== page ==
Everyone agreed with Mark that, as in Revolutionary Road, Yates's ability to empathise with women is stunning, and his depiction of Emily's feelings and sensations during her first sexual encounter is almost miraculous in its truthfulness. I felt reluctant to say what I did next (but did): as a woman writer, I couldn't help wondering, however, whether the admiration in which Yates is held is due to his ability to empathise with women while at the same time keeping something of an objective distance (which as a man, as Mark said, he inevitably would). A woman writer would be more likely to tackle the women's viewpoints with more interiority - ie to make the reader share the experiences more closely (indeed I think I probably would), and would be consequently, I suspect, less admired. John jumped in and compared this book to Dorothy Baker's Cassandra at the Wedding, which the group discussed recently, in which Cassandra's experience is depicted right from inside her head. Ann had strongly disliked that book, as she had stronly disliked the very interior Days of Abandonment by Elena Ferrante (which we also discussed), and she said now that she did indeed prefer the more objective empathy of Yates to that of Baker. John commented that in fact it made Yates's book, written in the seventies, more traditional than that of the sixties Baker novel. The book is also more traditional, he said, in the way that it begins at the beginning of the women's lives and follows them through in a straight, linear fashion, with a kind of steady accretion. By comparison the Baker plunges you straight into a crisis moment and you have to pick up retrospectively the history that led to it. Most modern novels operate in this way, and indeed most written in that era. This may, John mused, account for the fact that Yates's career was eclipsed by those of writers like Updike.

Ann now wondered whether The Easter Parade is in fact anachronistic. The sisters are children in the nineteen-thirties and Emily would have been embarking on her serial affairs in the late nineteen-forties and fifties, behaviour which seems more likely in the era during which the book was written, the seventies, when the pill became widely available, than then. We women also felt that there was a huge omission in that after Emily's first sexual encounter, seduction by a soldier who, without having even told her his name, immediately disappears, she does not worry for a moment that she's pregnant, a fate that would have been utterly devastating at that time for a woman about to go to university as Emily is, and a fear that we felt would have been routine at that time.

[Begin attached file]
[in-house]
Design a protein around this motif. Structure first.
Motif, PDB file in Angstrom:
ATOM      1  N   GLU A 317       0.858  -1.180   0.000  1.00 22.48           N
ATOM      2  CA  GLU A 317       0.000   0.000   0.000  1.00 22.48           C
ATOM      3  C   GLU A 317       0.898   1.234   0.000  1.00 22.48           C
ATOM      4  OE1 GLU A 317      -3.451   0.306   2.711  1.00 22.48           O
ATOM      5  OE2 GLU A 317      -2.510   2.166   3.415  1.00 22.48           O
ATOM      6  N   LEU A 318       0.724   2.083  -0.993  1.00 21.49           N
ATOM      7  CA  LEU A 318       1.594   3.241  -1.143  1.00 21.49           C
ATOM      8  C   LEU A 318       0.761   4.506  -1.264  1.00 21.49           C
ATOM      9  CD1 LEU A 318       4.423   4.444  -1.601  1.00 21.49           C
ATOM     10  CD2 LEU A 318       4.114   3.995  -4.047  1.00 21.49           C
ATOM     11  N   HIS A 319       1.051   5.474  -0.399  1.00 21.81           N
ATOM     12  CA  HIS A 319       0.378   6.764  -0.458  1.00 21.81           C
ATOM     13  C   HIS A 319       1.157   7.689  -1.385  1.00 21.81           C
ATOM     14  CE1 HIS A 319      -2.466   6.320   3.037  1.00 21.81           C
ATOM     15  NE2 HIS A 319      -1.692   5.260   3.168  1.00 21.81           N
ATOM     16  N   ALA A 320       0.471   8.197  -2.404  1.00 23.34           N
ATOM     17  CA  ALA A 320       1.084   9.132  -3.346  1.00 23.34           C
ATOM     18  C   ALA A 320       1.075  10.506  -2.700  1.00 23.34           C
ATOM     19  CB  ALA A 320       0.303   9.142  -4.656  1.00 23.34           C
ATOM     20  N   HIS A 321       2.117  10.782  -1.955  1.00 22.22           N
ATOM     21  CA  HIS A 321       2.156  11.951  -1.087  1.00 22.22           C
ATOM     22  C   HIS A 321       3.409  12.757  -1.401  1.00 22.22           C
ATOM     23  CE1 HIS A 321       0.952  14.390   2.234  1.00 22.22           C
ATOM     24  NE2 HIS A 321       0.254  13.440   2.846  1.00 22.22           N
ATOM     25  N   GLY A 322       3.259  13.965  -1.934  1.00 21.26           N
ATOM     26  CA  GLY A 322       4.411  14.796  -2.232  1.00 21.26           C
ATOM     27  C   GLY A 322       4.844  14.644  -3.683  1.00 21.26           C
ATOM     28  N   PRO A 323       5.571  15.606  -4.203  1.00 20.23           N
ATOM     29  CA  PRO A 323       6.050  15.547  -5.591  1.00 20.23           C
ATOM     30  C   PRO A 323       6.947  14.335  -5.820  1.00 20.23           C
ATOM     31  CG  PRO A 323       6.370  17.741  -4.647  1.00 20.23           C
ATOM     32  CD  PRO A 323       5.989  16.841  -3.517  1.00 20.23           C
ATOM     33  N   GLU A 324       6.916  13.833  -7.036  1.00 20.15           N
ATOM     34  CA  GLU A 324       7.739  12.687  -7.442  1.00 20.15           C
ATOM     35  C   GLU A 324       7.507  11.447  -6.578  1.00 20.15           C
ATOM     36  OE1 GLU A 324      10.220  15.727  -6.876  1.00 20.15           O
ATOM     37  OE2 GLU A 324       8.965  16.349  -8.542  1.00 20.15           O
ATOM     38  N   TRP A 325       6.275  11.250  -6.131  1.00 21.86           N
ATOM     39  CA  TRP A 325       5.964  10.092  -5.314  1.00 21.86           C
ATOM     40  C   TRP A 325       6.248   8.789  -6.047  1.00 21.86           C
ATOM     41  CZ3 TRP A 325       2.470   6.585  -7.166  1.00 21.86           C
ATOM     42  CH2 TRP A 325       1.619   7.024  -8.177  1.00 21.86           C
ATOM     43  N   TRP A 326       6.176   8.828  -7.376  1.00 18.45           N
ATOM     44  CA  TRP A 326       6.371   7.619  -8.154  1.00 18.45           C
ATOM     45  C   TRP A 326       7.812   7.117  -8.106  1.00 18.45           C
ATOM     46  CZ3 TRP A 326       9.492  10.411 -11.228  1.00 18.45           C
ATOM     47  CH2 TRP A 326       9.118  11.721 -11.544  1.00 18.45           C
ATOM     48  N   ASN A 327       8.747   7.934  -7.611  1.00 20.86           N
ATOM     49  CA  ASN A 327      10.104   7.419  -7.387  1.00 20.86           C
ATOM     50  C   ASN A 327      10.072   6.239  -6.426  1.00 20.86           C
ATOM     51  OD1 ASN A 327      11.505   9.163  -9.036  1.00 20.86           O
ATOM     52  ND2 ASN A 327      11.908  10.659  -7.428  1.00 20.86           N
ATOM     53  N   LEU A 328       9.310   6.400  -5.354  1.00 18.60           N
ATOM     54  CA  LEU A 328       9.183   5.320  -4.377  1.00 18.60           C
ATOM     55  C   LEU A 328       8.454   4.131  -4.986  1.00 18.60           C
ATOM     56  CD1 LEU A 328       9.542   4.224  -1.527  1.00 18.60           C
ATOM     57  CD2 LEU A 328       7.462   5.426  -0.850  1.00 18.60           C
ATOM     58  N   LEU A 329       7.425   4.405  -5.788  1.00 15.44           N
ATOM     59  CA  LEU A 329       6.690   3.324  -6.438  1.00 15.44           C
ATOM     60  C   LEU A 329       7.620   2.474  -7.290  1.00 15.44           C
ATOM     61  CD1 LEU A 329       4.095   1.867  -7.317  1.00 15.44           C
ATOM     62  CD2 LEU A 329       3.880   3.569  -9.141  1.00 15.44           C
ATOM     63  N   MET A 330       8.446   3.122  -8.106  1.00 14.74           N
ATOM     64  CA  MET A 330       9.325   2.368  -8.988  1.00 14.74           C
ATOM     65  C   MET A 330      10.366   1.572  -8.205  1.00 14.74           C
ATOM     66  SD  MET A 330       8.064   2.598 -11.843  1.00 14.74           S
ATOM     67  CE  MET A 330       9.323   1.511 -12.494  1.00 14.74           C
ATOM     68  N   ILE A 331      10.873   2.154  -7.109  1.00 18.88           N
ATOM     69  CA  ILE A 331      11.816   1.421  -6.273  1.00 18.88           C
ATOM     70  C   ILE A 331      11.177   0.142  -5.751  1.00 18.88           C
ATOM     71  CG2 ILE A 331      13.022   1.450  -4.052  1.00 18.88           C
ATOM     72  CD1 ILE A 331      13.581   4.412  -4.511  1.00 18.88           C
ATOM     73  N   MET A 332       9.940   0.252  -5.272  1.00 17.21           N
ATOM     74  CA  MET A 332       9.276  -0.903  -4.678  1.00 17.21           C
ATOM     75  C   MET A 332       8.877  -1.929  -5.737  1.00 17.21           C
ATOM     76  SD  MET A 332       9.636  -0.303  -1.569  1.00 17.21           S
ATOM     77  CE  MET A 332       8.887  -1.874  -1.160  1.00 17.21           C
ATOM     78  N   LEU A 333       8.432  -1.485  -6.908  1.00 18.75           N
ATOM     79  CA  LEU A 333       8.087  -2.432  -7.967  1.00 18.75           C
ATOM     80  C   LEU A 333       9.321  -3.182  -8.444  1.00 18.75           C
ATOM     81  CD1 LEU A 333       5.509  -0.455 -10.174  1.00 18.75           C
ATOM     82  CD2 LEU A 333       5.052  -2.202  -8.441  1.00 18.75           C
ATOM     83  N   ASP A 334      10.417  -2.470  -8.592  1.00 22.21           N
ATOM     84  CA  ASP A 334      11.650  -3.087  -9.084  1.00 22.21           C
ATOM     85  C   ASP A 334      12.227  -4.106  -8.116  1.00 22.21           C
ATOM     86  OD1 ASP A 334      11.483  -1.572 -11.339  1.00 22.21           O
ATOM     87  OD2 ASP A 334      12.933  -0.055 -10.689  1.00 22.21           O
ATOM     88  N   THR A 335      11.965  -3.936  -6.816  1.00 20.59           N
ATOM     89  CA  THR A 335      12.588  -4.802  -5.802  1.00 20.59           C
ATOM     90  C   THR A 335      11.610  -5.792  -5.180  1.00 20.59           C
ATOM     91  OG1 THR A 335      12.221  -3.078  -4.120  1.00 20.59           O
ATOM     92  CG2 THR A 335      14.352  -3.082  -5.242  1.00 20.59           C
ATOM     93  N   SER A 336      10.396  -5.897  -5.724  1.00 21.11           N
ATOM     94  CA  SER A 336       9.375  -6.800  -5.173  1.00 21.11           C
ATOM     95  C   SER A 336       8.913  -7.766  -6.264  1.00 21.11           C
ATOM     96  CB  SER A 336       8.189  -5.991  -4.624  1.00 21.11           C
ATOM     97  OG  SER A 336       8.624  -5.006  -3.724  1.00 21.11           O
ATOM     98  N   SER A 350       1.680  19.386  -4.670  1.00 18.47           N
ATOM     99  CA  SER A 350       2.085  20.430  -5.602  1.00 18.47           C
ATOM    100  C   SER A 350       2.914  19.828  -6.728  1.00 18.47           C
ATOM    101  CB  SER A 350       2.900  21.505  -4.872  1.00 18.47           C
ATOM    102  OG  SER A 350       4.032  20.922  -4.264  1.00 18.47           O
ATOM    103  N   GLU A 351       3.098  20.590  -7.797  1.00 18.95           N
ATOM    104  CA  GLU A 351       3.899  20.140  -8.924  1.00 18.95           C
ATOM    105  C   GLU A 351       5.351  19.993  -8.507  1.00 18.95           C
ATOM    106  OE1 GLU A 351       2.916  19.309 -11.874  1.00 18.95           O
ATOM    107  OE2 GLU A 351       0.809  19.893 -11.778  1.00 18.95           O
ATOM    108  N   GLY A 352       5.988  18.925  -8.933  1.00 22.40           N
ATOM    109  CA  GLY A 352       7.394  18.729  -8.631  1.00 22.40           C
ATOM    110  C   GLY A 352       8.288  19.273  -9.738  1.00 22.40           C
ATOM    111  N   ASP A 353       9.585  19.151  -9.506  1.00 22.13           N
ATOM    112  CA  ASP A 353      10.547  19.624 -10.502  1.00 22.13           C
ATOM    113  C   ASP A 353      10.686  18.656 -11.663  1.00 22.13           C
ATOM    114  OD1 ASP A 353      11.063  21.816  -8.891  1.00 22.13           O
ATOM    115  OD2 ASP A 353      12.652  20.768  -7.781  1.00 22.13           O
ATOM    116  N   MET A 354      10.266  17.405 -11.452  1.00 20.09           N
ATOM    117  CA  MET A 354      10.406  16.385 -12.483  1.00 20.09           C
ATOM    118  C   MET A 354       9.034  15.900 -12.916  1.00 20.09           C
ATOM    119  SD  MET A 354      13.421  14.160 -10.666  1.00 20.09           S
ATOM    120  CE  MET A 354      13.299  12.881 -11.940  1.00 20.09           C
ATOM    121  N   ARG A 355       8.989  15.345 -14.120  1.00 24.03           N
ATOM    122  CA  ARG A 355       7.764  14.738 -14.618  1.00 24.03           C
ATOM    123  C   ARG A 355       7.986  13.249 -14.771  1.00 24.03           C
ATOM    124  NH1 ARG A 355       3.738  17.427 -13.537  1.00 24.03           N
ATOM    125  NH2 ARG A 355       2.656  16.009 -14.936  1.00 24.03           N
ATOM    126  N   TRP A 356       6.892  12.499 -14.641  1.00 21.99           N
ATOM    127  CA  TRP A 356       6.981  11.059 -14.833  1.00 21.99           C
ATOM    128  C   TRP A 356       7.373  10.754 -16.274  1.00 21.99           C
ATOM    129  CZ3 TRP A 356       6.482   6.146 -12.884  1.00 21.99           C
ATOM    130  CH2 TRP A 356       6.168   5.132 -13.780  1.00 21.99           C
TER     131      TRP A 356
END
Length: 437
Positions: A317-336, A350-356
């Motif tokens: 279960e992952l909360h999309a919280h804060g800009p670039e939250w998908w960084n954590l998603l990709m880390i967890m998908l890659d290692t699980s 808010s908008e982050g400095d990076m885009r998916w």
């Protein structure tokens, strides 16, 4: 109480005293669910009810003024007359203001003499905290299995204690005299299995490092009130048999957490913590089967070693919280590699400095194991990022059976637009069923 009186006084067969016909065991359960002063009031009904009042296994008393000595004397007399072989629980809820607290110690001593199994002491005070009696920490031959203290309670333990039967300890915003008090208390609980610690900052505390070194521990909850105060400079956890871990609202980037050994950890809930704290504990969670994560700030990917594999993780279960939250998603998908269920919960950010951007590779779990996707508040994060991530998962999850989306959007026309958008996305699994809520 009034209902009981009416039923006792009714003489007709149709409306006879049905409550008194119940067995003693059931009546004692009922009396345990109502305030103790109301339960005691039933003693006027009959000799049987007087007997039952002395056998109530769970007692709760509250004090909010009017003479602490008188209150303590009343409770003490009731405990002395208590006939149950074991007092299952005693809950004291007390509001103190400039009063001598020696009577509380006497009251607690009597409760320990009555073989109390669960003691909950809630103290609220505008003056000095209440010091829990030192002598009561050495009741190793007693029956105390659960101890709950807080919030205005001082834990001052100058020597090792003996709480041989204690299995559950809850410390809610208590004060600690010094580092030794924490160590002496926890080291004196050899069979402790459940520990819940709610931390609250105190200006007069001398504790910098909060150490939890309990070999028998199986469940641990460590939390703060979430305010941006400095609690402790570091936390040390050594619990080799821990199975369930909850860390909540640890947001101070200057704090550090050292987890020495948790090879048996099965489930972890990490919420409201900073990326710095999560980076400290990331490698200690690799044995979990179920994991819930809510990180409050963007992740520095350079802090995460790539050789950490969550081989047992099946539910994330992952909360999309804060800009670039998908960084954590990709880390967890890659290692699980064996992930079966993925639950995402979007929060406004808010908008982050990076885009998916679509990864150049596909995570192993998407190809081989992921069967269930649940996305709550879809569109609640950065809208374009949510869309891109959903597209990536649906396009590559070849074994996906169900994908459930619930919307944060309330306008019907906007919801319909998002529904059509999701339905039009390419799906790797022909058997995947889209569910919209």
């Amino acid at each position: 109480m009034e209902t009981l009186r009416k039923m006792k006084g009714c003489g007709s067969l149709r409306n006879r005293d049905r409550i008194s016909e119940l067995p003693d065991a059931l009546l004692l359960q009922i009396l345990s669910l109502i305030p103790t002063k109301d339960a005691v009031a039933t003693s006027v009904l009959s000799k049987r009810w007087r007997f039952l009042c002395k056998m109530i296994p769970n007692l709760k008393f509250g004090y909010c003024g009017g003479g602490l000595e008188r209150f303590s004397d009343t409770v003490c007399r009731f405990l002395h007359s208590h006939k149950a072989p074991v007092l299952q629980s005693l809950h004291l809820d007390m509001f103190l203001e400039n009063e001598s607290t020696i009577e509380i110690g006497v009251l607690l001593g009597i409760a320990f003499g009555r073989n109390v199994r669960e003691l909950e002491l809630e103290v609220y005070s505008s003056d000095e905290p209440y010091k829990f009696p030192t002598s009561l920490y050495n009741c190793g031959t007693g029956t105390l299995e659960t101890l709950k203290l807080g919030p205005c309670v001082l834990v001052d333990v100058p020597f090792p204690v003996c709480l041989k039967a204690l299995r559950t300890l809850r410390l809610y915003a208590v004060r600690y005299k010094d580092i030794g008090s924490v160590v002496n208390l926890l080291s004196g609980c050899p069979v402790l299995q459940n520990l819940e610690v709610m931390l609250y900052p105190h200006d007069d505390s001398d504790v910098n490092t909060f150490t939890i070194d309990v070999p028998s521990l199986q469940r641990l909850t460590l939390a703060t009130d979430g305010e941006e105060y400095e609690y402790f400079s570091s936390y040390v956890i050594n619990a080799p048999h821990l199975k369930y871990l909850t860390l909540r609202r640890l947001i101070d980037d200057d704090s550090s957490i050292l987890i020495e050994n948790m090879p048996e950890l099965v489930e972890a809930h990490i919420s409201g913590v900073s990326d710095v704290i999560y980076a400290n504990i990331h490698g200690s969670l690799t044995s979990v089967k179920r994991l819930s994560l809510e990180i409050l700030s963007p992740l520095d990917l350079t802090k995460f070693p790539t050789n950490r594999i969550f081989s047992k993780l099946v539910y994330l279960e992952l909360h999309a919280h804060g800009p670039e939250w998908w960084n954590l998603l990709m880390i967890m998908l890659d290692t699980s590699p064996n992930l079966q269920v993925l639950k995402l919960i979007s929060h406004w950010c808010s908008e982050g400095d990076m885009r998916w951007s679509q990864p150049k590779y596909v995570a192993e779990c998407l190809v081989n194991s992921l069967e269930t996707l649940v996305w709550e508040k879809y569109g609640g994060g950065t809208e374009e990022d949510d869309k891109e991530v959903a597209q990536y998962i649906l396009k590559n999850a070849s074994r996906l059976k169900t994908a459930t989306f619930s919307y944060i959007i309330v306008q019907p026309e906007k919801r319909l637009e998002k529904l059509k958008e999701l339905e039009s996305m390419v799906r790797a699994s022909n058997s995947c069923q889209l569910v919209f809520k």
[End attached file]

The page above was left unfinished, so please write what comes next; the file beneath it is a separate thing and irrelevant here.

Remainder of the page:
This led on to a much wider discussion about the past difficulties for women that some members had discovered young people now find hard to believe: the fact, for instance, that before 1999 a woman getting pregnant would have to leave her job since there was no statutary maternity leave (before 1944 a professional woman would have lost her job simply by getting married), and as late as the eighties women couldn't get mortgages without the guarantee of a father or husband. We wondered therefore if, even in the nineteen-seventies, Yates, writing basically autobiographically, had been working to update his material in a way that perhaps doesn't stand up to scrutiny.

We pondered the title, which as we read we found a little puzzling, since the Easter Parade, in which elder sister Sarah takes part with her new beau (later husband), occurs only near the start of the book and is a moment of promise and hope that is very much missing thereafter. However, that moment reappears in the form a newspaper photo of the event that Sarah has saved, a poignant and sad reminder of that lost hope and promise, making the title thus quite bitterly ironic.

Our archive discussions can be found here and a list of the books we have discussed, with links to the discussions, here

Monday, June 10, 2019

Writing news.

The writing life is good for me at the moment. My big news is that next year the wonderfully dynamic Salt will publish a new novel, which of course makes me very happy indeed.

Meanwhile, to add to my happiness, two more short stories have been taken by highly respected publications. Not so long ago I read the style guide of a literary magazine (which shall be nameless) and it prompted me to write a story that deliberately subverted some of the writing rules it laid down. The result was 'Consequences and Alternatives',  now the featured story for June in the online Short Fiction Journal. It's an attempt to show how you sometimes need to break away from those old writing rules in order to make connections and to think in more radical ways, ie that more disrupted modes are sometimes necessary to convey life, in particular contemporary life.


There is a something of an environmental theme in that story, but I'm now at the editing stage of a story that will appear in the Mechanics' Institute Review print anthology #16, the theme of which is Climate, and my story for that tackles climate change head-on. The anthology will be published in September.

Thursday, May 30, 2019

Reading group: The Buddha of Suburbia by Hanif Kureishi

Once again I'm afraid it's a while since we had this discussion, and a lot has happened to me in the meantime (both on a day-to-day-living level and with regard to writing), so as I begin this report I'm expecting my memory to be hazy.